5 QUESTIONS THAT CONTRIBUTE TO YOUR ONGOING PERSONAL GROWTH

“Wisdom doesn’t always come with age, sometimes age comes alone” – John C. Maxwell

Every day presents us with new opportunities for personal growth. If we’re intentional with managing our spiritual, mental, emotional, physical health, and wellbeing, through self-assessment, we’ll discover a lifestyle that’s energizing and rewarding.

Warren Buffett, CEO of Berkshire Hathaway credits much of his success to spending most of his career reading and thinking. It takes discipline to schedule some quality time to slow down and reflect on where we’ve been and how aligned we are with our stated purpose.

Before I learned the value of contemplation or reflecting, I was not in the habit of assessing the pros and cons of past performances and outcomes, in the light of my purpose, “sharpening my saw” as Covey says, wasn’t always a priority with me.

The Power of Self-Awareness

Carl G. Jung says, “Until you make the unconscious conscious, it will direct your life, and you will call it fate.”

Self-awareness can be difficult; sometimes we’re unprepared to grapple with the truth about ourselves and the fact that we’re directly responsible for many of the undesirable outcomes we experience. Character development requires work; the lifelong learner understands that the greater the challenge, the more rewarding the payoff.

Personal growth in all areas of life increases balance in living a highly productive lifestyle. Avoiding or putting off working out our flaws denies us the benefits of balanced spiritual, mental, emotional, and physical health.

Commenting on the synergy between spirit, heart, mind, and body, Stephen R. Covey says, “Living a life in balance means taking the necessary time to renew yourself. It’s all up to you. You can renew yourself through relaxation. Or you can totally burn yourself out by overdoing everything.” (1)

We all need a checkup from the neck up from time to time

I believe it will be helpful to revisit the following five questions several times a year; they can help us focus and keep our “intentionality meter” up to date.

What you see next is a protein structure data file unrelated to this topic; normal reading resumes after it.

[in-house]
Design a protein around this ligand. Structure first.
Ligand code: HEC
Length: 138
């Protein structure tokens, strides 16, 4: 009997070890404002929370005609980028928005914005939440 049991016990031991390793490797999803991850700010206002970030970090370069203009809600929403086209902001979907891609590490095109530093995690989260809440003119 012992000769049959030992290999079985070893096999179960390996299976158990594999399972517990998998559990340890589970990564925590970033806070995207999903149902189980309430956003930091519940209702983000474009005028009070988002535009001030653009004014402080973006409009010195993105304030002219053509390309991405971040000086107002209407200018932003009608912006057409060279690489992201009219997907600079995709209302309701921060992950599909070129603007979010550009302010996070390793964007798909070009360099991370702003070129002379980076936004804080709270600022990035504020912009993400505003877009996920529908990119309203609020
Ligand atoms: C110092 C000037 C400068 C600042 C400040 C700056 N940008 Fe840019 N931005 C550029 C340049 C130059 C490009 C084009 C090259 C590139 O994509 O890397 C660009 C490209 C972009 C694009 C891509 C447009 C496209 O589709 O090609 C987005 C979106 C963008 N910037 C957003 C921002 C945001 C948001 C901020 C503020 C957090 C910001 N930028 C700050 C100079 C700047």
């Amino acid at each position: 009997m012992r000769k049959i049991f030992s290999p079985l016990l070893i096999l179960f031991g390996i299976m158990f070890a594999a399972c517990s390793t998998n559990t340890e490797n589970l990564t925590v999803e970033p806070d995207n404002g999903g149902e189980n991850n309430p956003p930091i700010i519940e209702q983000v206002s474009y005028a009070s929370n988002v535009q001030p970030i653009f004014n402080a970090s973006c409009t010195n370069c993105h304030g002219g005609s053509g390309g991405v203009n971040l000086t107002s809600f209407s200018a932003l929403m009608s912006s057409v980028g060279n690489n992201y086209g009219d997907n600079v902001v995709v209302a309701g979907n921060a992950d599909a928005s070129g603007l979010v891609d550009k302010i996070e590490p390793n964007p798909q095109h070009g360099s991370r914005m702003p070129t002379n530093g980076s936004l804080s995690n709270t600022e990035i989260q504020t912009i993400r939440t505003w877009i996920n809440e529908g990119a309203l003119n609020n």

1. Are you setting aside time for reflecting assessing and planning?

“Stopping to think about where it’s all going will save us from having to stop and think about where it all went.”-JSP

I assess myself each quarter to grade my performance to see if I’m on track to hit my yearly objectives. To help outperform my previous year, I read daily and take notes, between Kindle, hard copies, and audiobooks I’m going through several books each week. I continually write and speak on different topics; I’m on a constant stretch for self-improvement.

I like Rabbi Nachman’s statement, “If you are not going to be any better tomorrow than you were today, then what need have you for tomorrow?”

2. Are you prioritizing and “all in” with your personal growth?

You must be focused and specific when it comes to personal growth. If your personal goals aren’t in sync with your life’s purpose, you’re wasting your time.

  • What new things have you been pursuing in the past six months?
  • Do you have a checklist, wish list, or a bucket list?
  • What items on your lists best contribute to your life’s purpose?
  • Choose those items that best drive you toward your purpose.

Warren Buffett says, “Spending time on secondary priorities is the reason you have 20 half-finished projects instead of 5 completed ones. Eliminate ruthlessly. Force yourself to focus. Complete a task or kill it. The most dangerous distractions are the ones you love, but that don’t love you back.”

3. Are you immediately implementing what you’re learning?   

Are you intentional with implementing new practices that fit your skillsets? Reading books, articles, listening to podcasts, watching videos, or discussing something new should be a part of your weekly habits.

Where do you go for guidance? Are you reaching your objectives? How much of what you apply is making a difference in your growth journey?

4. What are you doing daily to facilitate your growth?

Don Miguel Ruiz says, “You don’t need to change the world; you need to change yourself” Lifelong learners measure their choices then continue to manage their decisions. Personal growth happens one decision at a time, one day at a time.

5. How are you actively influencing others?

Are you intentionally adding value to those within your sphere of influence? We should all have vast deposits of wisdom and knowledge as we age, passing on our experience to the next generation. The more we grow, the more value we pass on to the next generation.

“We can’t improve what we don’t assess.” – Michael Hyatt

(1) “The Seven Habits of Highly Successful People” by Stephen R. Covey

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